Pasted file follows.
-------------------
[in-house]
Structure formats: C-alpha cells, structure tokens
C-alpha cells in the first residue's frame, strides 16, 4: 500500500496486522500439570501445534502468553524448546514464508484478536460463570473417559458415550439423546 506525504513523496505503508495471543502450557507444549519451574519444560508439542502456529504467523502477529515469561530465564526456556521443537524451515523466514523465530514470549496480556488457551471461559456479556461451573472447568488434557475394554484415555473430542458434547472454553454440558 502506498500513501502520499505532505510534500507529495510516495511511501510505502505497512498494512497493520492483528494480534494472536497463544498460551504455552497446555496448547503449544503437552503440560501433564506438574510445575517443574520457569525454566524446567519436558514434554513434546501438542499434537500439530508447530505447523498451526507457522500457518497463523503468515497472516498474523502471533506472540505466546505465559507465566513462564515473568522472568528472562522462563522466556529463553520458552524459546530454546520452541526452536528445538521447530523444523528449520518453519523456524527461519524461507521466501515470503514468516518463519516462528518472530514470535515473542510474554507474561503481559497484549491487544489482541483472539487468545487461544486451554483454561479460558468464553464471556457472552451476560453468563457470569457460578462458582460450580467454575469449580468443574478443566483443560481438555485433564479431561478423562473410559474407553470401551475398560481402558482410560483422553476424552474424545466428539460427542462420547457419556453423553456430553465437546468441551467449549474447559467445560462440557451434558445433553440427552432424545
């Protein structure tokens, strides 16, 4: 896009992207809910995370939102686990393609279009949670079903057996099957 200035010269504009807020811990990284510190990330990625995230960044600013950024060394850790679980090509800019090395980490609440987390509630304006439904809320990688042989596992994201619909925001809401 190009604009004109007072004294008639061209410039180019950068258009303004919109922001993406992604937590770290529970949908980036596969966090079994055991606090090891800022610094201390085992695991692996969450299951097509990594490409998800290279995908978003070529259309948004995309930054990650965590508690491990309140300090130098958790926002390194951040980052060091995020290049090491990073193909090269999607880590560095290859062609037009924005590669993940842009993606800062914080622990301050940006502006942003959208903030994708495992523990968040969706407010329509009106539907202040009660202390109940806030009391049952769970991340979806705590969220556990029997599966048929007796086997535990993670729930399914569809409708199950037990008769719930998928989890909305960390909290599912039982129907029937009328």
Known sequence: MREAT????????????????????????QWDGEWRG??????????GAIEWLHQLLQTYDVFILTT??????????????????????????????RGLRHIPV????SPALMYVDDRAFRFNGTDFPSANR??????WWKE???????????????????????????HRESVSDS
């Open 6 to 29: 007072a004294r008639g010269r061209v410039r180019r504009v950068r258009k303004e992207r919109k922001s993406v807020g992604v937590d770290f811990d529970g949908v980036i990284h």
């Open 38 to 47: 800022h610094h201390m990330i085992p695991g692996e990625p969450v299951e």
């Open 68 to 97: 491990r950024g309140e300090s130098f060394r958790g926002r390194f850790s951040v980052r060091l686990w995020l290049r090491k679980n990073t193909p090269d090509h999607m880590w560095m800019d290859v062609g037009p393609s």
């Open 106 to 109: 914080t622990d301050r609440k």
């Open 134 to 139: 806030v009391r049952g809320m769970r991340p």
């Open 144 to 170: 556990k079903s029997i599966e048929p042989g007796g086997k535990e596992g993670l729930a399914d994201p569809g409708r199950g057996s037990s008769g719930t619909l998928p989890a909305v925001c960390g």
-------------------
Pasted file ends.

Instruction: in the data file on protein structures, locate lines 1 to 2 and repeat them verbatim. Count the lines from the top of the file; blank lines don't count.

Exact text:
[in-house]
Structure formats: C-alpha cells, structure tokens